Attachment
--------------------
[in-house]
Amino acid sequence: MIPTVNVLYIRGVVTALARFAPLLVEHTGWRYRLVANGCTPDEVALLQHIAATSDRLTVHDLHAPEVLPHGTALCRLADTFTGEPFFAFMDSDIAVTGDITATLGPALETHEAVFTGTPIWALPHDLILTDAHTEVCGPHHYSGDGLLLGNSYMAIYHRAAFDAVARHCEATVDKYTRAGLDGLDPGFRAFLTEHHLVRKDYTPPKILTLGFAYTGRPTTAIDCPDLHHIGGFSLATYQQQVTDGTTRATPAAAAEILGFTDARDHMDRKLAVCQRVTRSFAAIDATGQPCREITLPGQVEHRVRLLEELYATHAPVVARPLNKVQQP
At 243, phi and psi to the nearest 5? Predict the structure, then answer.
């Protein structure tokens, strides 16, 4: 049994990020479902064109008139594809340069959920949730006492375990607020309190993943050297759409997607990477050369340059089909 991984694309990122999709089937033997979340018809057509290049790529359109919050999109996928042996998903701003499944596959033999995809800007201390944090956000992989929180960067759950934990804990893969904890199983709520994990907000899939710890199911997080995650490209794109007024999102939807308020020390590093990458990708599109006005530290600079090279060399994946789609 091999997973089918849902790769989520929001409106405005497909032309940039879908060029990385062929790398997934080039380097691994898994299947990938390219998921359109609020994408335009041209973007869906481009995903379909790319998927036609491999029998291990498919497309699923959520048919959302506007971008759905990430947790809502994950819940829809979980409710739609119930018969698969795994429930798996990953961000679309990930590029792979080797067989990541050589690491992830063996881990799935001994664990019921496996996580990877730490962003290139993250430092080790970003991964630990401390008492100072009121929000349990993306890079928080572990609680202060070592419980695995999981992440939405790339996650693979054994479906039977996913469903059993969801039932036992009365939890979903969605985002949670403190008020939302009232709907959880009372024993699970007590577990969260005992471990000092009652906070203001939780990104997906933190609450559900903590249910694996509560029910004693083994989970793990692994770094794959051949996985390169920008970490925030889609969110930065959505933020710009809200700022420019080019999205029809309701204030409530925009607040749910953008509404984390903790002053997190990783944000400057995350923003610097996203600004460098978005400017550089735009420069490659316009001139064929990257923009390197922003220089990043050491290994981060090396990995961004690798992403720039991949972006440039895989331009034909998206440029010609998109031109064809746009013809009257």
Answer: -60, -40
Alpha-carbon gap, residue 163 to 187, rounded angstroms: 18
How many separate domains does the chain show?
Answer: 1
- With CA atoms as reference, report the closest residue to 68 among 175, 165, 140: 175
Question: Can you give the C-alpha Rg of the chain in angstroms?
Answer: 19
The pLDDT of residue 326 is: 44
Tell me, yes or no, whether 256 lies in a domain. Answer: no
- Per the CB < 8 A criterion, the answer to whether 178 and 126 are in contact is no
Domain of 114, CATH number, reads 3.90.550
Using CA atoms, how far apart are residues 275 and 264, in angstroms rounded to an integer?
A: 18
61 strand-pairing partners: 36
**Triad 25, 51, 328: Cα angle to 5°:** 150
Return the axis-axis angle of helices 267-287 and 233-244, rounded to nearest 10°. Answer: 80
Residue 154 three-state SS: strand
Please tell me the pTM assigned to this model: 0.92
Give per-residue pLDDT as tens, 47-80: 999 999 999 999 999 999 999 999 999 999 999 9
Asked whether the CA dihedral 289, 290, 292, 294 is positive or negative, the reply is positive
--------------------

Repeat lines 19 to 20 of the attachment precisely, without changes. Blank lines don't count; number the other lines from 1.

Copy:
**Triad 25, 51, 328: Cα angle to 5°:** 150
Return the axis-axis angle of helices 267-287 and 233-244, rounded to nearest 10°. Answer: 80